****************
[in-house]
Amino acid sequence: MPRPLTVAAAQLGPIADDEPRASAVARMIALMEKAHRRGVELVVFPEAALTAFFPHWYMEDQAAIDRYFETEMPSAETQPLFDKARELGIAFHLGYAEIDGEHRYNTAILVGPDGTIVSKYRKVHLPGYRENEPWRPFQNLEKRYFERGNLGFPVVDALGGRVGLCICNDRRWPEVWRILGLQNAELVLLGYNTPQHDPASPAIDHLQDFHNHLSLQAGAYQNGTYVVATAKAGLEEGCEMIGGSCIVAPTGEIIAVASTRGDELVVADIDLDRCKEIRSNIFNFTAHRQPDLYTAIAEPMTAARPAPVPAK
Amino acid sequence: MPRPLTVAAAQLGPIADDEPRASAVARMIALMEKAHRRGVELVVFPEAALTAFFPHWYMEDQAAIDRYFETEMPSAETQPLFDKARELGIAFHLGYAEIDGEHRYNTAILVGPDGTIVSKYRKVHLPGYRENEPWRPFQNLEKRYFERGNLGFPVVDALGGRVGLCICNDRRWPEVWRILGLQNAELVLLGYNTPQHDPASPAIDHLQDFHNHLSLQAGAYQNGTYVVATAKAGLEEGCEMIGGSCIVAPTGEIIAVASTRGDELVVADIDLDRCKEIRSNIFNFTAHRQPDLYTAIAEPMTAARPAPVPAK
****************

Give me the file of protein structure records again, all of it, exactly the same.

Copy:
[in-house]
Amino acid sequence: MPRPLTVAAAQLGPIADDEPRASAVARMIALMEKAHRRGVELVVFPEAALTAFFPHWYMEDQAAIDRYFETEMPSAETQPLFDKARELGIAFHLGYAEIDGEHRYNTAILVGPDGTIVSKYRKVHLPGYRENEPWRPFQNLEKRYFERGNLGFPVVDALGGRVGLCICNDRRWPEVWRILGLQNAELVLLGYNTPQHDPASPAIDHLQDFHNHLSLQAGAYQNGTYVVATAKAGLEEGCEMIGGSCIVAPTGEIIAVASTRGDELVVADIDLDRCKEIRSNIFNFTAHRQPDLYTAIAEPMTAARPAPVPAK
Amino acid sequence: MPRPLTVAAAQLGPIADDEPRASAVARMIALMEKAHRRGVELVVFPEAALTAFFPHWYMEDQAAIDRYFETEMPSAETQPLFDKARELGIAFHLGYAEIDGEHRYNTAILVGPDGTIVSKYRKVHLPGYRENEPWRPFQNLEKRYFERGNLGFPVVDALGGRVGLCICNDRRWPEVWRILGLQNAELVLLGYNTPQHDPASPAIDHLQDFHNHLSLQAGAYQNGTYVVATAKAGLEEGCEMIGGSCIVAPTGEIIAVASTRGDELVVADIDLDRCKEIRSNIFNFTAHRQPDLYTAIAEPMTAARPAPVPAK